Sterling crisis: Markets brace for more volatility with Quarting to meet bank chiefs – Business Live | Business

Shadow health secretary Wes Streeting has warned that the turmoil in the mortgage market this week, which forced several lenders to pull deals, is just the ‘tip of the iceburg’.

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He told Sky News:

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“All of us are frankly still recovering from our jaws hitting the floors last week with that budget from Kwasi Kwarteng.

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“And the real world consequences we’re seeing overnight, the withdrawal of mortgage products, tell us about the extent to which our own Chancellor in this country has frightened the markets.

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“This is just the tip of the iceberg, if interest rates go up in the way that some people are predicting that’s going to be huge additional costs to people with mortgages.

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“And what was the Chancellor’s answer yesterday? ‘Don’t worry folks, in November I’m going to come up with some new fiscal rules – ie I’ve ignored all the ones I’ve already got and I’m rewriting the rules and making them up as I go along’.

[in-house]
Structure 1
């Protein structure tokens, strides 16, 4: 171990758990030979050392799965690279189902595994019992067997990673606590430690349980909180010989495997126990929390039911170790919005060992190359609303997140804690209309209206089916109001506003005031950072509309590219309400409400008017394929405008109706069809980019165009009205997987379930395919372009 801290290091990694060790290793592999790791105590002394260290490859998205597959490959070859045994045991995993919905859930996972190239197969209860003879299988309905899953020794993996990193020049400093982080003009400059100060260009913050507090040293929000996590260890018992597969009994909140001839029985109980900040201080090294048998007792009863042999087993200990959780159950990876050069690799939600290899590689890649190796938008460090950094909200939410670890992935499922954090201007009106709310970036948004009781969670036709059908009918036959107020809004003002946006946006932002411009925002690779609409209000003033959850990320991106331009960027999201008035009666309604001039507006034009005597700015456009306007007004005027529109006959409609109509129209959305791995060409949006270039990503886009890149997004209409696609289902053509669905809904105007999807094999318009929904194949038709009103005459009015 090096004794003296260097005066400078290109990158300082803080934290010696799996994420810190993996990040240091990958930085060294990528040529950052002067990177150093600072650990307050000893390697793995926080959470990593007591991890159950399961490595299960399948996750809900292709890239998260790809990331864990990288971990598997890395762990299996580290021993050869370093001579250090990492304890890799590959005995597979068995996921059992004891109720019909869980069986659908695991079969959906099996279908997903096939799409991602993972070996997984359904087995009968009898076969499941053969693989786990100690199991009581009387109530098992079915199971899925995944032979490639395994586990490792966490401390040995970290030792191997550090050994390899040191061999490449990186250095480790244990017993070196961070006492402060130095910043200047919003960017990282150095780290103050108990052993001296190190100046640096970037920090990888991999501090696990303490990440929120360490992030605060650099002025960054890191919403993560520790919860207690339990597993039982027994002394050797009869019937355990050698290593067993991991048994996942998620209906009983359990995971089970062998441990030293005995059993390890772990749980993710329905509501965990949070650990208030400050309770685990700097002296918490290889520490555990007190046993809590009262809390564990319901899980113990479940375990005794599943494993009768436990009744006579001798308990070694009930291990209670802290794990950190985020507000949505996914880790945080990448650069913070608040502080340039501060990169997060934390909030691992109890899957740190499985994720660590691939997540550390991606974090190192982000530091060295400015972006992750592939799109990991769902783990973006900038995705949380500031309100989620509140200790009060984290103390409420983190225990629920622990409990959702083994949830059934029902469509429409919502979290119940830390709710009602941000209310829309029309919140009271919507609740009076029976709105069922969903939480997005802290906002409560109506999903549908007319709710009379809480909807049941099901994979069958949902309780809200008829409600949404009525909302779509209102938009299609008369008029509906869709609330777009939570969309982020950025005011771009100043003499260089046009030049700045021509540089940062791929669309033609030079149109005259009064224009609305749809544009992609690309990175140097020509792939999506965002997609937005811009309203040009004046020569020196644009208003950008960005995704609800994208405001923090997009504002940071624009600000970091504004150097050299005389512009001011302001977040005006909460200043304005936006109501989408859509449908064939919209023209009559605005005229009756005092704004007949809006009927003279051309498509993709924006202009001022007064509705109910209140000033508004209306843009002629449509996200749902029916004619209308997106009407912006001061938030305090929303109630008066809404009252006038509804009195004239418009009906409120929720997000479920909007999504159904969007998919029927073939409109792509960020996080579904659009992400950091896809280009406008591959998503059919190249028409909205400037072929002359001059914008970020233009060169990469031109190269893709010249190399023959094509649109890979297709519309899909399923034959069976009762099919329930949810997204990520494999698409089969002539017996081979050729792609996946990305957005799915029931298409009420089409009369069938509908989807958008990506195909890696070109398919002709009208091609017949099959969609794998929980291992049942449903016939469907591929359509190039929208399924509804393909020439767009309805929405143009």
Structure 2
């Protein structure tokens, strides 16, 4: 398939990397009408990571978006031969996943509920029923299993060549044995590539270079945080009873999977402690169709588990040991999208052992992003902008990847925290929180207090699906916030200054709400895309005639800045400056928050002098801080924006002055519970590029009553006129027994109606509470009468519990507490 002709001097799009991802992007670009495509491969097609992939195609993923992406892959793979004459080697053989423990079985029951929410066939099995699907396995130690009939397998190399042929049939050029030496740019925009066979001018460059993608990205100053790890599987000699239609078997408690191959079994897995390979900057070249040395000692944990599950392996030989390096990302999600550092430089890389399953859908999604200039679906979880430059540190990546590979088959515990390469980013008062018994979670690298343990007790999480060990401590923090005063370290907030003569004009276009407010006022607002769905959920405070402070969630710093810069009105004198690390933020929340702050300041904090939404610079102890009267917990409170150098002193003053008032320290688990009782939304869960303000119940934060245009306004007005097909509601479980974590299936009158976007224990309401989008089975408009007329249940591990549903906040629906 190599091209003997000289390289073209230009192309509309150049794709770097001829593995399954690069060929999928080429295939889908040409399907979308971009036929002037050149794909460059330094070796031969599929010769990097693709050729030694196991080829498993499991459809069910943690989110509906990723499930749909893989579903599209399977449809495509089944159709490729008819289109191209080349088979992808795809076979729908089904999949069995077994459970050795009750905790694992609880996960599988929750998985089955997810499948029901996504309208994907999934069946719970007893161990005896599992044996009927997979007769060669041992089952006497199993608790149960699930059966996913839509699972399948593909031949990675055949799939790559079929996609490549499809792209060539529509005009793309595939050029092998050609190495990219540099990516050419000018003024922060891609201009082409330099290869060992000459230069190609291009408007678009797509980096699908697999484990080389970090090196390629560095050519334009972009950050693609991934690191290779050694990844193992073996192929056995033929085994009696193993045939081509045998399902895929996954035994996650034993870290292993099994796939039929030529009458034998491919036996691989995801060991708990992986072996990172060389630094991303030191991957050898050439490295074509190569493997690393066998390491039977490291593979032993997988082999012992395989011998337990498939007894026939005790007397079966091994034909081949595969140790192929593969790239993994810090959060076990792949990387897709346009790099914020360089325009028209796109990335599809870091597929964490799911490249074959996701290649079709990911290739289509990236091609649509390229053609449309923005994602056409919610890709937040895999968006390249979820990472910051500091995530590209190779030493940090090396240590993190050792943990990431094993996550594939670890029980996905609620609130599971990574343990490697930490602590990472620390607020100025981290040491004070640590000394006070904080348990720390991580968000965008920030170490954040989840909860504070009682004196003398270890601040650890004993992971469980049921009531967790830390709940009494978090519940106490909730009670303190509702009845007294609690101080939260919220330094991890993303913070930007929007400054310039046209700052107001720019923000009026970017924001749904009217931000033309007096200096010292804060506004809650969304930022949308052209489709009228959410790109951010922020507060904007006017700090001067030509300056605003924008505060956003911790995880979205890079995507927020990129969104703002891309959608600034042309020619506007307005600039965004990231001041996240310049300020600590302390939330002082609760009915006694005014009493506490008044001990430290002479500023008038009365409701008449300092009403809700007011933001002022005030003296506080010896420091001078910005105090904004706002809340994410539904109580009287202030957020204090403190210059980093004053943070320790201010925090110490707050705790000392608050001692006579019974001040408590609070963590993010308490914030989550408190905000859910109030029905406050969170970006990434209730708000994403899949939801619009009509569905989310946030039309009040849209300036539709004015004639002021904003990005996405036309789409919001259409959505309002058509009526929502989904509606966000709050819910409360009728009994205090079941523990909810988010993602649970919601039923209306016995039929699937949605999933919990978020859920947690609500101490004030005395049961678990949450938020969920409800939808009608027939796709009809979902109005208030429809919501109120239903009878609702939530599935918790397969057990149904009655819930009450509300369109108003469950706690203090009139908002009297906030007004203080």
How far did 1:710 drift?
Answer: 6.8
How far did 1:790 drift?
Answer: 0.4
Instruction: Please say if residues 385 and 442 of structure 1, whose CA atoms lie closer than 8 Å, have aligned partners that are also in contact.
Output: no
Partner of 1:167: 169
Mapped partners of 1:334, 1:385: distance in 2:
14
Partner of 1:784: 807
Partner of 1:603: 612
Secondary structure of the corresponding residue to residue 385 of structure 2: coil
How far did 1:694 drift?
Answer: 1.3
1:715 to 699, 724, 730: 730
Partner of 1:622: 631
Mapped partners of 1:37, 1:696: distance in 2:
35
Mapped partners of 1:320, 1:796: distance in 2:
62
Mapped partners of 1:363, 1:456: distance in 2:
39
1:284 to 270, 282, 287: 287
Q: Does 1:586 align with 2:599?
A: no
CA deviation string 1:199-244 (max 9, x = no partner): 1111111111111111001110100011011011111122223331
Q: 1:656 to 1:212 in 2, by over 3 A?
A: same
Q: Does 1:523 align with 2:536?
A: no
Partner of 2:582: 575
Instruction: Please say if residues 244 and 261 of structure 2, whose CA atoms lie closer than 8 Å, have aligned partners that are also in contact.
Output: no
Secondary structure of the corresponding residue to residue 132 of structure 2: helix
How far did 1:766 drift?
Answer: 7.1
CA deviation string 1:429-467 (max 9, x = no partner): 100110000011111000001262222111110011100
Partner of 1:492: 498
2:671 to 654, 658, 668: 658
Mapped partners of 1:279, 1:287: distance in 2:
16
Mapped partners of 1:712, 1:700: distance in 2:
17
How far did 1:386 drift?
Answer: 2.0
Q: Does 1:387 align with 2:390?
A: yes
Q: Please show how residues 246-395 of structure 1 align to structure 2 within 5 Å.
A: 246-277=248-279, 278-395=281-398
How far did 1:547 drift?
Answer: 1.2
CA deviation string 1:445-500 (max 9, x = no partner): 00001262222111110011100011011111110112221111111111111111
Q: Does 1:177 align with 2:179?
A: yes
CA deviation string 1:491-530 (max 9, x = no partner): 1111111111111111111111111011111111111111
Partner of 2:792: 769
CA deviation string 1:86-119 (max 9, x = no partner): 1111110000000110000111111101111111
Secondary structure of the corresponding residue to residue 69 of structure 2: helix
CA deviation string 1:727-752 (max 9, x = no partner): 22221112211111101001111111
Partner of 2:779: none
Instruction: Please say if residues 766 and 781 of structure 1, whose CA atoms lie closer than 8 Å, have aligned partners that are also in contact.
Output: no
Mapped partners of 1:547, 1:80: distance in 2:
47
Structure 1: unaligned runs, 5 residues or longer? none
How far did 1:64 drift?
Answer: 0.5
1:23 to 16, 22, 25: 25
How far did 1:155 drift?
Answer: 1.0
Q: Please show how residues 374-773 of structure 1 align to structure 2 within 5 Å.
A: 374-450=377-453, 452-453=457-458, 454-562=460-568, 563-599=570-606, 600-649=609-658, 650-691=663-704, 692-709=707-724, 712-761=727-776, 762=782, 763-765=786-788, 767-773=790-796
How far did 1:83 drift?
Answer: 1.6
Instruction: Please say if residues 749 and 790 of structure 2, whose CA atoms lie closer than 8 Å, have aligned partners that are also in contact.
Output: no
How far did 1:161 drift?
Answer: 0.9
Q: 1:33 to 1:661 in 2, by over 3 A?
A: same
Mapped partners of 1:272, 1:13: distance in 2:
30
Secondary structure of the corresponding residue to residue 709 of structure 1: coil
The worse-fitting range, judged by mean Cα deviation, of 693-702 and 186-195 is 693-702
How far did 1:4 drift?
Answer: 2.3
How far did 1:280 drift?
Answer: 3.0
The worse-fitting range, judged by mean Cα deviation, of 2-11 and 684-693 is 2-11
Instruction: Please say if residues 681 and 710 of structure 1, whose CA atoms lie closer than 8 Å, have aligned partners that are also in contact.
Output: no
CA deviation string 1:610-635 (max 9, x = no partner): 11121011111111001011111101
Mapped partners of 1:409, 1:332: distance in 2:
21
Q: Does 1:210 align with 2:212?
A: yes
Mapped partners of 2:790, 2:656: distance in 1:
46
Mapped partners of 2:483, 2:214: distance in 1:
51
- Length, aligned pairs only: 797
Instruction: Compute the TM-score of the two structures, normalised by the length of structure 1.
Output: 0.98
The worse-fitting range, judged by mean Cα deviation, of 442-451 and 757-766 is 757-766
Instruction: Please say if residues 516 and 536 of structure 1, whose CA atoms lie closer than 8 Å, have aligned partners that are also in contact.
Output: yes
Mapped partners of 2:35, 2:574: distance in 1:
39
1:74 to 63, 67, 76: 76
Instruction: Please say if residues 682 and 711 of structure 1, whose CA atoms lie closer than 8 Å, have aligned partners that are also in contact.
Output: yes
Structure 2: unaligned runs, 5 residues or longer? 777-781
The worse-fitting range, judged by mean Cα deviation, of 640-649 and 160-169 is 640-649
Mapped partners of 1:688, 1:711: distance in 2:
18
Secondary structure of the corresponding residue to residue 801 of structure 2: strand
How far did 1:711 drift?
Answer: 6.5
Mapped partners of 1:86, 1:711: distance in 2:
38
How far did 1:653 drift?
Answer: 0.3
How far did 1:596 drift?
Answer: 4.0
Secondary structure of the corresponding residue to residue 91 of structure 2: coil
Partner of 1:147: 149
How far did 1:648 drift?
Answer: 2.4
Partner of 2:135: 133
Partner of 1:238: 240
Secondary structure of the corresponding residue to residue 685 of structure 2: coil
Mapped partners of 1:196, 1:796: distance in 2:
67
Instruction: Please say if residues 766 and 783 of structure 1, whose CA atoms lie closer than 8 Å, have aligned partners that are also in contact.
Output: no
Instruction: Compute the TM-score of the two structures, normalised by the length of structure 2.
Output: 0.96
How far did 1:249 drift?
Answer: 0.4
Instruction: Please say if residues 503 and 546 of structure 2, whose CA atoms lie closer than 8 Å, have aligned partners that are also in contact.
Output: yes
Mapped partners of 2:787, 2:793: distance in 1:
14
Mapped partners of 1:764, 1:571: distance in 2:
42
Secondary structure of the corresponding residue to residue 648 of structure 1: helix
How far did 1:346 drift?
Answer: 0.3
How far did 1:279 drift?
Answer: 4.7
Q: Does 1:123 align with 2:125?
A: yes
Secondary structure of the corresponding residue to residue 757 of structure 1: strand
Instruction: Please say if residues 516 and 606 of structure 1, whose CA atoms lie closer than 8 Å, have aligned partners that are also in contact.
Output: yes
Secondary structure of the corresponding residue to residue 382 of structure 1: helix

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Streeting added that “This isn’t serious leadership – it’s a reckless gamble,”

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The key, dangerous, charge against Liz Truss and Kwasi Kwarteng is that they lack the competence to get their “new era” for the UK economy off the launchpad, our financial editor Nils Pratley explains:

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Nils warns that a lot of financial credibility has been shredded in just two trading days, writing:

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Do they understand that, when you’re running a large current account deficit and need to borrow the thick end of £200bn next year, financial markets matter?

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The prime minister and chancellor might have expected a bumpy reception, but what they got was an open revolt in markets and some extraordinary comments from grown-up economists at serious firms. “Hope is not a strategy,” said Nomura’s team, predicting parity for the pound against the dollar by year end. “Investors seem inclined to regard the UK Conservative party as a doomsday cult,” said Paul Donovan at UBS Global Wealth Management.

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While Monday morning’s record low against the dollar grabbed the headlines, sterling has also fallen about 8% on a trade-weighted basis in two months. That is a chunky move, but one dwarfed by what’s happened with gilts. It cost the government 1.9% to borrow for 10 years in early August; that rate was 3.1% a week ago and is now 4.1% as the market tries to work out how far the Bank of England will have to raise interest rates.

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Virtually nobody accepts the notion that the biggest tax cuts since 1972 can be anything other than inflationary.

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Here’s the full piece: